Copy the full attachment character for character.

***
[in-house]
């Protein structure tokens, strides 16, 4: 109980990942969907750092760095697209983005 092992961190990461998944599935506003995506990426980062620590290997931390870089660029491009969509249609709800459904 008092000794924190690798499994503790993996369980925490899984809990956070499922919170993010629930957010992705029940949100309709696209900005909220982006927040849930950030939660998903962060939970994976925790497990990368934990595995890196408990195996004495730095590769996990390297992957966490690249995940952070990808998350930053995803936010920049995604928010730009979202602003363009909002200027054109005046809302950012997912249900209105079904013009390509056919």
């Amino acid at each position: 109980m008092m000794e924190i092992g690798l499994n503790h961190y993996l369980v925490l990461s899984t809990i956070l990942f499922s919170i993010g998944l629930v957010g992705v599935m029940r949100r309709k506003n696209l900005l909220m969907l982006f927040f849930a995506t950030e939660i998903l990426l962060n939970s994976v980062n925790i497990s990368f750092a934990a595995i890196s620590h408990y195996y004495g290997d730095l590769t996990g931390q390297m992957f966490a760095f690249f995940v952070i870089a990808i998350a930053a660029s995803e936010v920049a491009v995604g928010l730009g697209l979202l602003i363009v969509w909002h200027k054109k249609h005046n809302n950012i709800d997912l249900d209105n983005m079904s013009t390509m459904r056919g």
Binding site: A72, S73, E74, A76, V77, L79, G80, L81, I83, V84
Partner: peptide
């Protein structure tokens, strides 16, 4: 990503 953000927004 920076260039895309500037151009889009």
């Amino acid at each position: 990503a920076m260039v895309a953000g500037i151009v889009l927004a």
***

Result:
[in-house]
């Protein structure tokens, strides 16, 4: 109980990942969907750092760095697209983005 092992961190990461998944599935506003995506990426980062620590290997931390870089660029491009969509249609709800459904 008092000794924190690798499994503790993996369980925490899984809990956070499922919170993010629930957010992705029940949100309709696209900005909220982006927040849930950030939660998903962060939970994976925790497990990368934990595995890196408990195996004495730095590769996990390297992957966490690249995940952070990808998350930053995803936010920049995604928010730009979202602003363009909002200027054109005046809302950012997912249900209105079904013009390509056919």
């Amino acid at each position: 109980m008092m000794e924190i092992g690798l499994n503790h961190y993996l369980v925490l990461s899984t809990i956070l990942f499922s919170i993010g998944l629930v957010g992705v599935m029940r949100r309709k506003n696209l900005l909220m969907l982006f927040f849930a995506t950030e939660i998903l990426l962060n939970s994976v980062n925790i497990s990368f750092a934990a595995i890196s620590h408990y195996y004495g290997d730095l590769t996990g931390q390297m992957f966490a760095f690249f995940v952070i870089a990808i998350a930053a660029s995803e936010v920049a491009v995604g928010l730009g697209l979202l602003i363009v969509w909002h200027k054109k249609h005046n809302n950012i709800d997912l249900d209105n983005m079904s013009t390509m459904r056919g």
Binding site: A72, S73, E74, A76, V77, L79, G80, L81, I83, V84
Partner: peptide
């Protein structure tokens, strides 16, 4: 990503 953000927004 920076260039895309500037151009889009």
């Amino acid at each position: 990503a920076m260039v895309a953000g500037i151009v889009l927004a």